May 25-Montgomery County area youth were recently celebrated for completing a treatment court program designed to help them become sober from drugs and alcohol, highlighting that children's substance abuse is a problem here.
About 10 youth who graduated from the treatment court stood before Montgomery County Juvenile Judge Anthony Capizzi to receive a certificate and the judge talked about their progress through the juvenile justice system. Some youth were able to make it through the program without testing positive for substances, others spent days incarcerated and one spent more than a year.
"It's not easy for them, I have fought with many of these young people in front of me for years," Capizzi said. "But most of them get back to school when they weren't going, they stop committing crime, they stop abusing drugs and they frankly start to maybe enjoy their family. And until they're done that isn't always the case."
The Montgomery County Juvenile Treatment Court program's mission is to help young offenders who have been affected by drugs and alcohol. It provides supervised treatment and management, drug testing, community supervision as well as incentives and sanctions. Before a youth is can graduate, he or she must follow rules at home, attend school daily, attend probation meetings, counseling sessions and hearings, as well as get a job depending on the youth's age.
Overall, about 25 young people received recognition by the court because it didn't hold large graduations since the start of the pandemic. Some of them were able to attend while others had obligations including one who was preparing to graduate high school.
Public Health - Dayton & Montgomery County Addiction Services Senior Manager William C. Roberts II said prevention services are provided for families in Montgomery County, but kids using drugs and alcohol are still issues.
"Youth and addiction is a growing problem across the nation," Roberts said.
He said parents and grandparents should be vigilant of their children and try to recognize substance abuse early on. Tristyn Ball, director of prevention and early intervention services at the Montgomery County Alcohol, Drug and Mental Health Services Board, said young people face stressors and can have a difficult time coping with them.
"This is something that we absolutely have to pay attention to because addiction is really just a symptom of a bigger issue," Ball said, adding that it can be sign a of trauma or mental health issues.
"A lot of times when parents find out their child is using substances they feel really isolated and feel really scared," Ball said. "And the thing is they're not alone. There are support groups, there are other parents experiencing the same thing. Even if you think your child could be at risk of using substances or could be at risk of a mental health concern, we have all kinds of great programs within Montgomery County that parents can turn to."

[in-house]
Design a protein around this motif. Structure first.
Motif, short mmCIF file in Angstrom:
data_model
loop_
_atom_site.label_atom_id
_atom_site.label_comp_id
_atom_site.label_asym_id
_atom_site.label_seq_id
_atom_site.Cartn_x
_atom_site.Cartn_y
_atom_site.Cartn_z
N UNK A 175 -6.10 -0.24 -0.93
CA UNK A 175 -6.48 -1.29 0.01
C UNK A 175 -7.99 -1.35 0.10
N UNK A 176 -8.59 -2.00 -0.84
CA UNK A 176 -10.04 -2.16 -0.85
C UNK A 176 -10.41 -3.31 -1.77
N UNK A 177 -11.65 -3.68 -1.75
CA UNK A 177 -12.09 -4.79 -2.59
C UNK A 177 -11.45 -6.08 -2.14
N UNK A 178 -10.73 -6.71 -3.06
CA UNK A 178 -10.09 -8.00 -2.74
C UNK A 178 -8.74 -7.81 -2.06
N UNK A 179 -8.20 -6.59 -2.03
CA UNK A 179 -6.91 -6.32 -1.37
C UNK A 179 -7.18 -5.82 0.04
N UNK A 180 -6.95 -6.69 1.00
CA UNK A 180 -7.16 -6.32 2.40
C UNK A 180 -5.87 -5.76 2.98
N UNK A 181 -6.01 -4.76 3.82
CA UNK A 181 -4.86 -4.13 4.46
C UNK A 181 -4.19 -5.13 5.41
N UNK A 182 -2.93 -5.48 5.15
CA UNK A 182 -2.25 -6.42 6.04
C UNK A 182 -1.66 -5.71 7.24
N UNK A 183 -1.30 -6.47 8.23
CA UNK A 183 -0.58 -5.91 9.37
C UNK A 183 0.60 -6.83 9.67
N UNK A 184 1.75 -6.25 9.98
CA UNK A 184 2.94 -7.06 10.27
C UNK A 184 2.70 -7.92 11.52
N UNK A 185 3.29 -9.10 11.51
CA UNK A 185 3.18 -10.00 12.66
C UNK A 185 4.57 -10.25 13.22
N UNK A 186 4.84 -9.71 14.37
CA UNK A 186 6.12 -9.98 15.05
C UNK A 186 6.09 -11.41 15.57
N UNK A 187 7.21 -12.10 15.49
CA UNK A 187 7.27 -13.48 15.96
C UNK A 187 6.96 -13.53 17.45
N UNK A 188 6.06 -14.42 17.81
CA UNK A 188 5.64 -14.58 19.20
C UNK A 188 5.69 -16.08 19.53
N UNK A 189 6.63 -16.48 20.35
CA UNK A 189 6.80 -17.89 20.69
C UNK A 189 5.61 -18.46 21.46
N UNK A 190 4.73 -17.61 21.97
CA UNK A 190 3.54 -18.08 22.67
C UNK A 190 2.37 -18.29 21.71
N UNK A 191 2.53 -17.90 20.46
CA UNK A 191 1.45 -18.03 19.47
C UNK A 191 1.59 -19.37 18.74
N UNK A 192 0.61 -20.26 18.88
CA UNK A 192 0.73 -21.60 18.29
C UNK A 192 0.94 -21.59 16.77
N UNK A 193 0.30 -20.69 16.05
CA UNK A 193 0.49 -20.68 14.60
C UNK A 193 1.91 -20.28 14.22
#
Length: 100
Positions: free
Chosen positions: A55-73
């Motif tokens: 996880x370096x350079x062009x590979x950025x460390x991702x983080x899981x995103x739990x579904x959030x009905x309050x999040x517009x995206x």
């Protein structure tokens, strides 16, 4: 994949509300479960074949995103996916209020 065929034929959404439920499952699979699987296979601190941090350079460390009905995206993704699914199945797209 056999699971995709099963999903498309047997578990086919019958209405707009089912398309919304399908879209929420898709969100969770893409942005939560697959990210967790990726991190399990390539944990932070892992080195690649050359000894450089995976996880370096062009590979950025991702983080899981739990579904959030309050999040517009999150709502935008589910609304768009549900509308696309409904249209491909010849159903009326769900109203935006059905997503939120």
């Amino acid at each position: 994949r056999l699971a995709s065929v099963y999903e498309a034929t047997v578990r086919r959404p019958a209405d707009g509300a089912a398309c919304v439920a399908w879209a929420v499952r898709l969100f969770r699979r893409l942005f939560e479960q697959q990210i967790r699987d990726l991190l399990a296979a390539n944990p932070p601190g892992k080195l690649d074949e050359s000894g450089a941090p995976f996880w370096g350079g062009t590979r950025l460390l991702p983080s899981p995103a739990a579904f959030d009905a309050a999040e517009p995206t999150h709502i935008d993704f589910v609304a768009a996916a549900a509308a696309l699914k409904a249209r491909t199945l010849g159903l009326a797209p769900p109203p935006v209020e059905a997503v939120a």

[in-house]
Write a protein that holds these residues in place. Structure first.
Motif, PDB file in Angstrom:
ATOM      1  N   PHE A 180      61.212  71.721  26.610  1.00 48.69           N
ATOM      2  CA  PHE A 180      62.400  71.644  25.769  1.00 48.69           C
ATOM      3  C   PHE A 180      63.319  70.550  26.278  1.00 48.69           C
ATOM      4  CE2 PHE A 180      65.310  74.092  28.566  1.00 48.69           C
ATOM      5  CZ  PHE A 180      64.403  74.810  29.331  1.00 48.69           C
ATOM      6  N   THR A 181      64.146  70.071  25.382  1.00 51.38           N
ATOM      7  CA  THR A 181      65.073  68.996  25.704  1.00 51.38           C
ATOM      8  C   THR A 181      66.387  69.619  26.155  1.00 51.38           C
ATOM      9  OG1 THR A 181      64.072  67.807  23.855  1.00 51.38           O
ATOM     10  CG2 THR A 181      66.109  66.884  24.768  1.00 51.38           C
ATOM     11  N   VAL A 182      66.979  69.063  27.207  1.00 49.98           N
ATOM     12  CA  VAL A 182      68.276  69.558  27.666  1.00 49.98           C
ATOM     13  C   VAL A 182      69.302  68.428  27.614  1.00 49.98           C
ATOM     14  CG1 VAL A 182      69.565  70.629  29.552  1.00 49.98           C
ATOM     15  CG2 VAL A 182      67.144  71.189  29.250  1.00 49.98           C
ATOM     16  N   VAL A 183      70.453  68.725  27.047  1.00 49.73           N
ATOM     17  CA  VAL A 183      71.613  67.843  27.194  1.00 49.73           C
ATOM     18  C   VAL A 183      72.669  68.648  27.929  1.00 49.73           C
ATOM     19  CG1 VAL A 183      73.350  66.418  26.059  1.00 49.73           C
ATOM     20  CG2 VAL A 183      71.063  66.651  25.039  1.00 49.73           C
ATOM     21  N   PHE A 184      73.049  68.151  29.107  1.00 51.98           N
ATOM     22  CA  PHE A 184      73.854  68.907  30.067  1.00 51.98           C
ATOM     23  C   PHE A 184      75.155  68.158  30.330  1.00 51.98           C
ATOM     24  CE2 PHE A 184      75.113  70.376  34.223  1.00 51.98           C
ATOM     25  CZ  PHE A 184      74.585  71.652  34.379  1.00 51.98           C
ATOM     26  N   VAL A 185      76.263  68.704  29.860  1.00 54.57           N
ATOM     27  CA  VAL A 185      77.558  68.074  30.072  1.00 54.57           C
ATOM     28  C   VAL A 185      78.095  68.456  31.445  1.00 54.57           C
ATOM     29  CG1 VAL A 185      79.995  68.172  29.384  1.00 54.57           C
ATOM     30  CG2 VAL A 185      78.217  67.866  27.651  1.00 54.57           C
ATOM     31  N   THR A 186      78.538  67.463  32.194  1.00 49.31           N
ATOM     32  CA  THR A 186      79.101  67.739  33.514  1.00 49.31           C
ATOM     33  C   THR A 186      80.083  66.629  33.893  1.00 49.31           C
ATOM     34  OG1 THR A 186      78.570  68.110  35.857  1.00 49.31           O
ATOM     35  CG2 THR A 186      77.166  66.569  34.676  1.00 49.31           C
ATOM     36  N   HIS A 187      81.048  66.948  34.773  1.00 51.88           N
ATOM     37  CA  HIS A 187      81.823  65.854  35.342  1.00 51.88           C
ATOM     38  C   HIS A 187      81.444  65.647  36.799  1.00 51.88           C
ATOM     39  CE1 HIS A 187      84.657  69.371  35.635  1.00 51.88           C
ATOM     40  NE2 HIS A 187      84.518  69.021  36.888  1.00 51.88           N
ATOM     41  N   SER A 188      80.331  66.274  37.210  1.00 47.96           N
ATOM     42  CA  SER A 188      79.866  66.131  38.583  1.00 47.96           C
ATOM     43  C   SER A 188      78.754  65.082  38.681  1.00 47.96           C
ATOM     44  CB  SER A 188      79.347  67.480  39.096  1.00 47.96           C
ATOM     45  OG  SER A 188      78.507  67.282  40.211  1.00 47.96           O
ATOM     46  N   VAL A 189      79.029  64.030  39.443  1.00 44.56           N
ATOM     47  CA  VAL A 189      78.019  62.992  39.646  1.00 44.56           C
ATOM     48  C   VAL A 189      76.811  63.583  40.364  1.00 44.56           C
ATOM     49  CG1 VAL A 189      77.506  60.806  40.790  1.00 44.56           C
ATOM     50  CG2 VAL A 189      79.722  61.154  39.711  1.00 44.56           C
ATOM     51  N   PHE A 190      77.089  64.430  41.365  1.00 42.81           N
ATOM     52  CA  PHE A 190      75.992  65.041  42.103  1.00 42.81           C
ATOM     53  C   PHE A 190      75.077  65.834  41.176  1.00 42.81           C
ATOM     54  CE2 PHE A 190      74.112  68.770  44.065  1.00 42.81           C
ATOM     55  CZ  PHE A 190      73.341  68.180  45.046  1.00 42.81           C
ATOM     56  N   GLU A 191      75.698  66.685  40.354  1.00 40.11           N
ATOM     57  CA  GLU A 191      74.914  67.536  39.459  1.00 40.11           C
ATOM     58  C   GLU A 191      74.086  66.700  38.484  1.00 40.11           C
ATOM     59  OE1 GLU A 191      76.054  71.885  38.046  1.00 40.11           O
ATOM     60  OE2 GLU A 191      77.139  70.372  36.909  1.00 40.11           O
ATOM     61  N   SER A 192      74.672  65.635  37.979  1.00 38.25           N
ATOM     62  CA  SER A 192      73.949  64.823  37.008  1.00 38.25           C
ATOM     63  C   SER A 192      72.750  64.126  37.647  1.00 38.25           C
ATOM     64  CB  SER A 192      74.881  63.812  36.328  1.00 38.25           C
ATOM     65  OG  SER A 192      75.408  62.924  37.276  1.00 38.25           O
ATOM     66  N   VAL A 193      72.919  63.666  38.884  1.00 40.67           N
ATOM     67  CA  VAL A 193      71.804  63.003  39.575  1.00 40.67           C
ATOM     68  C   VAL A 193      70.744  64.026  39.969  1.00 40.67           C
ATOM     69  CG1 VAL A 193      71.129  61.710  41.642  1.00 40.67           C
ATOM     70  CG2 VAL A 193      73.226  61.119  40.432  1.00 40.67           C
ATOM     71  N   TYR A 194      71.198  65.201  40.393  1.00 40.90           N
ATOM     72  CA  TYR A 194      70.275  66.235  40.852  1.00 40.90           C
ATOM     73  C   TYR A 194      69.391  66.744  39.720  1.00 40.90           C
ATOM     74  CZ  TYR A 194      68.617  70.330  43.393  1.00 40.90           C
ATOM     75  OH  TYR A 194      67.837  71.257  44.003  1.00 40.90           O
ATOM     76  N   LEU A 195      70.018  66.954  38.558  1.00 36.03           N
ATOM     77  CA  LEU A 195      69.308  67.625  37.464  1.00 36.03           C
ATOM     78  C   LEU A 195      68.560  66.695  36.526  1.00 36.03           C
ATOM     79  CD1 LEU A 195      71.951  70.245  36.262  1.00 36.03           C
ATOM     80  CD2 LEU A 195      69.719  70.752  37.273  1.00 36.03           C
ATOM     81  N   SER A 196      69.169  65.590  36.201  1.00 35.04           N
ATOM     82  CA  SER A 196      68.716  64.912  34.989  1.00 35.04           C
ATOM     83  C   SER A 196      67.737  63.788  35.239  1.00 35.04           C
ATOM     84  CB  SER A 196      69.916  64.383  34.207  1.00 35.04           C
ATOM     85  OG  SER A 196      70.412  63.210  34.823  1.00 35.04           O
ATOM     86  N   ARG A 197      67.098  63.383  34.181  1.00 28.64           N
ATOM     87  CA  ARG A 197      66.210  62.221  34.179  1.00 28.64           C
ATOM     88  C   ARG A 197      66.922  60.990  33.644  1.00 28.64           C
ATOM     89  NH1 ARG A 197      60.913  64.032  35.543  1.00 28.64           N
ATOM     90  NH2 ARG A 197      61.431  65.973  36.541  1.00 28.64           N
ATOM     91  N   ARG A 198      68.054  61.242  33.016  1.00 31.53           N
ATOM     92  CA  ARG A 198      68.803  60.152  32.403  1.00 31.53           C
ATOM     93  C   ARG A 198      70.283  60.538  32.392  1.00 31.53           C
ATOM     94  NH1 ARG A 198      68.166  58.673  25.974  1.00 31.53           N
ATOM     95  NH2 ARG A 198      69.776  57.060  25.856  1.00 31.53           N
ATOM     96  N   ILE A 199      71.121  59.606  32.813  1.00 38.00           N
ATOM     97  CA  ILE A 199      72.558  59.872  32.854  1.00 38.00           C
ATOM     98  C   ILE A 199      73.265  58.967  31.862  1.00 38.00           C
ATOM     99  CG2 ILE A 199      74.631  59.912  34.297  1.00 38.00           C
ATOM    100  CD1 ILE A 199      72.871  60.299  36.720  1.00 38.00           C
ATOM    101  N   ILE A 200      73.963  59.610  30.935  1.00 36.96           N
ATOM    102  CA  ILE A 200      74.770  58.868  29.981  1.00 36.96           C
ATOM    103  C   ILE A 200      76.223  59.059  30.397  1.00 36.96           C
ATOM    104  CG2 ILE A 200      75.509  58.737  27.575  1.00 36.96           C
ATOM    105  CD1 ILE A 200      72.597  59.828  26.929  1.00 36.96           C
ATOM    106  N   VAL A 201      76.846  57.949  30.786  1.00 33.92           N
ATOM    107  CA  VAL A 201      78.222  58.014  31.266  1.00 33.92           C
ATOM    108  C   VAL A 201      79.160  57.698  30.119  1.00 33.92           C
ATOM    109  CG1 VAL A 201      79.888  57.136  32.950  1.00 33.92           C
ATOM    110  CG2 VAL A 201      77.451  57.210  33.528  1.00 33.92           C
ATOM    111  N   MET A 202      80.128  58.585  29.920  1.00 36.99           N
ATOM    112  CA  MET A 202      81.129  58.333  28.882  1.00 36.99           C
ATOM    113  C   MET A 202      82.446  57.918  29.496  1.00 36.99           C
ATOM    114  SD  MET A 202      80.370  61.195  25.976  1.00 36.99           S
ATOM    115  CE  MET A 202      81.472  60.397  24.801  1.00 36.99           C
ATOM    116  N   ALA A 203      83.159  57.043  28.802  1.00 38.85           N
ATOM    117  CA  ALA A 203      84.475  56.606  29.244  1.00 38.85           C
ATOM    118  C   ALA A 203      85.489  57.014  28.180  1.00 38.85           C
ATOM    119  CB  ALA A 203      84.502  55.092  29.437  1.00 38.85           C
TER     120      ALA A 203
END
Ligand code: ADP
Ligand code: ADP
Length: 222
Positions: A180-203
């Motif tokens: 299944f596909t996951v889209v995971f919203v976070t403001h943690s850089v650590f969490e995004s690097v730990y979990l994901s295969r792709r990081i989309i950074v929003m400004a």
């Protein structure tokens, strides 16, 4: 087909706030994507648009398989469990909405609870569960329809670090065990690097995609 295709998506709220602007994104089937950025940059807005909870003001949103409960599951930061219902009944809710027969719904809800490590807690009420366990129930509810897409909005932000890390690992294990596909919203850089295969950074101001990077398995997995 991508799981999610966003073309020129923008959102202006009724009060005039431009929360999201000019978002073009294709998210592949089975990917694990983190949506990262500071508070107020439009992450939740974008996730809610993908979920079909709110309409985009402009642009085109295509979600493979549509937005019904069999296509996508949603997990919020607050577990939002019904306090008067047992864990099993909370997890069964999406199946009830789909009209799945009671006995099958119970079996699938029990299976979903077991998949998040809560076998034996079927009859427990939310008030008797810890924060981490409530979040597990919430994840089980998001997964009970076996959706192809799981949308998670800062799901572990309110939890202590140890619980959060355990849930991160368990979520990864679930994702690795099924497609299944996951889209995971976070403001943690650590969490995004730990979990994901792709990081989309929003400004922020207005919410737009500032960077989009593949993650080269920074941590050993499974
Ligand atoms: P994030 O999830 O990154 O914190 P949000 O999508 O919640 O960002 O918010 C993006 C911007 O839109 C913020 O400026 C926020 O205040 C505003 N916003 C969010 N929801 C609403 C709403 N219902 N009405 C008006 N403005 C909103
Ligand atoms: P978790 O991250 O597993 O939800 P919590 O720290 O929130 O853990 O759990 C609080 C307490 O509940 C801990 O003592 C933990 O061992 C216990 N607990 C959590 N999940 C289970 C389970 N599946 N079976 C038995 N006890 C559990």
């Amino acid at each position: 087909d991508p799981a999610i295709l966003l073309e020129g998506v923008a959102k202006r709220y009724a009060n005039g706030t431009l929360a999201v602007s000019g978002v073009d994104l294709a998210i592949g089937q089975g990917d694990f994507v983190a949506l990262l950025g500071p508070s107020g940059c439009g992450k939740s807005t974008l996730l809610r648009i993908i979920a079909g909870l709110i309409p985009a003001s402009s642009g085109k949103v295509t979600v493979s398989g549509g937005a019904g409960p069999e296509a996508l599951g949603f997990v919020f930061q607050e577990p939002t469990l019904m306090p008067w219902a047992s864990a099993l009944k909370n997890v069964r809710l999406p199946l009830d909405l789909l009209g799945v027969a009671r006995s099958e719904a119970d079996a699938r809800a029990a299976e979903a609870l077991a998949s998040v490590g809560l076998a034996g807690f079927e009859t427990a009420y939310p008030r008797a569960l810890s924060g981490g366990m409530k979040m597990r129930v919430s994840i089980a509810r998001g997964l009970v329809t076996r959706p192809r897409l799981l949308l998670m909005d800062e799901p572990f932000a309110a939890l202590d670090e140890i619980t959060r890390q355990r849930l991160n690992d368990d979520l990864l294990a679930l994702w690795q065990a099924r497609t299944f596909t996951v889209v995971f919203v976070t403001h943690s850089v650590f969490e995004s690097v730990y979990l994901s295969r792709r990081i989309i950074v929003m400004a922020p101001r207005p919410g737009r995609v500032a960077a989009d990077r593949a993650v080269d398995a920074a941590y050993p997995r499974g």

Montgomery County's Get Help Now app is a source where people can find information, Ball said.
The graduation ceremony was emotional. Jon Green was the keynote speaker and talked about his experiences with addiction as a child. He told the youth graduating that he is happier sober than he ever was on drugs and hoped they would continue to live a substance-free life. Some of the youth who accepted certificates became emotional as the judge told them he was proud of their turnarounds.
Capizzi mentioned several times that he was happy to see that the youth were alive, getting jobs or an education. He also said he was happy to see some returning students who graduated through the pandemic were still doing well.
Wendy Carter also spoke during the ceremony and said her daughter went through the program a few years ago. She told the Dayton Daily News afterward that having her daughter go through the program was hard, but because of the support and resources from the treatment court, they were able to get through it.
"We didn't have to do it alone," Carter said.
Carter said parents whose children are going through addiction should seek help immediately and not let it linger.
"I noticed the changes but I should have jumped in the very first time I saw something," Carter said. "Don't wait. I think sometimes ... you try to do it by yourself but don't do that because it's hard."
Capizzi said that there are only about 300 juvenile treatment courts in the country. Carter said it hurt her feelings knowing there are so few and said that other jurisdictions should adopt the program.
"I feel our daughter would be dead if we were not connected to the resources through this program," she said.